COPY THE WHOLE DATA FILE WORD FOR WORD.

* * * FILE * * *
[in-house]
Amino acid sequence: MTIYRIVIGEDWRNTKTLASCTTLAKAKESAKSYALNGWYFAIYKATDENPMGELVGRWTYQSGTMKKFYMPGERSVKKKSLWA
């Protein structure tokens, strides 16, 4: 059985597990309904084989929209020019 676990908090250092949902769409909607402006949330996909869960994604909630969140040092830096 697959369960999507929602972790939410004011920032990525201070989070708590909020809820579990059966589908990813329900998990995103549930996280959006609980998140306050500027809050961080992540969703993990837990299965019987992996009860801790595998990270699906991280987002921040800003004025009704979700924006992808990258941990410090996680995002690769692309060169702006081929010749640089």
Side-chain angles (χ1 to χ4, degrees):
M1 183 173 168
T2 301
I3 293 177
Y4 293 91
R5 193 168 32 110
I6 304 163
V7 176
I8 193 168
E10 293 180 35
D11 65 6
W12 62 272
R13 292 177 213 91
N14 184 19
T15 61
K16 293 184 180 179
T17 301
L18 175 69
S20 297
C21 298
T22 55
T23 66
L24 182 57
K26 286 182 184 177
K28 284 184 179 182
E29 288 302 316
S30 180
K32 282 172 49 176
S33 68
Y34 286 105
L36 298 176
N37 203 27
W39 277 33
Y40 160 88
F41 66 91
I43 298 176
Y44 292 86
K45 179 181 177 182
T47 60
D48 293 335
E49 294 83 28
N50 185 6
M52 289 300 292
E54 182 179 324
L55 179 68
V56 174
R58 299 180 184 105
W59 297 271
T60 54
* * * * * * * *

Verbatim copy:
[in-house]
Amino acid sequence: MTIYRIVIGEDWRNTKTLASCTTLAKAKESAKSYALNGWYFAIYKATDENPMGELVGRWTYQSGTMKKFYMPGERSVKKKSLWA
């Protein structure tokens, strides 16, 4: 059985597990309904084989929209020019 676990908090250092949902769409909607402006949330996909869960994604909630969140040092830096 697959369960999507929602972790939410004011920032990525201070989070708590909020809820579990059966589908990813329900998990995103549930996280959006609980998140306050500027809050961080992540969703993990837990299965019987992996009860801790595998990270699906991280987002921040800003004025009704979700924006992808990258941990410090996680995002690769692309060169702006081929010749640089």
Side-chain angles (χ1 to χ4, degrees):
M1 183 173 168
T2 301
I3 293 177
Y4 293 91
R5 193 168 32 110
I6 304 163
V7 176
I8 193 168
E10 293 180 35
D11 65 6
W12 62 272
R13 292 177 213 91
N14 184 19
T15 61
K16 293 184 180 179
T17 301
L18 175 69
S20 297
C21 298
T22 55
T23 66
L24 182 57
K26 286 182 184 177
K28 284 184 179 182
E29 288 302 316
S30 180
K32 282 172 49 176
S33 68
Y34 286 105
L36 298 176
N37 203 27
W39 277 33
Y40 160 88
F41 66 91
I43 298 176
Y44 292 86
K45 179 181 177 182
T47 60
D48 293 335
E49 294 83 28
N50 185 6
M52 289 300 292
E54 182 179 324
L55 179 68
V56 174
R58 299 180 184 105
W59 297 271
T60 54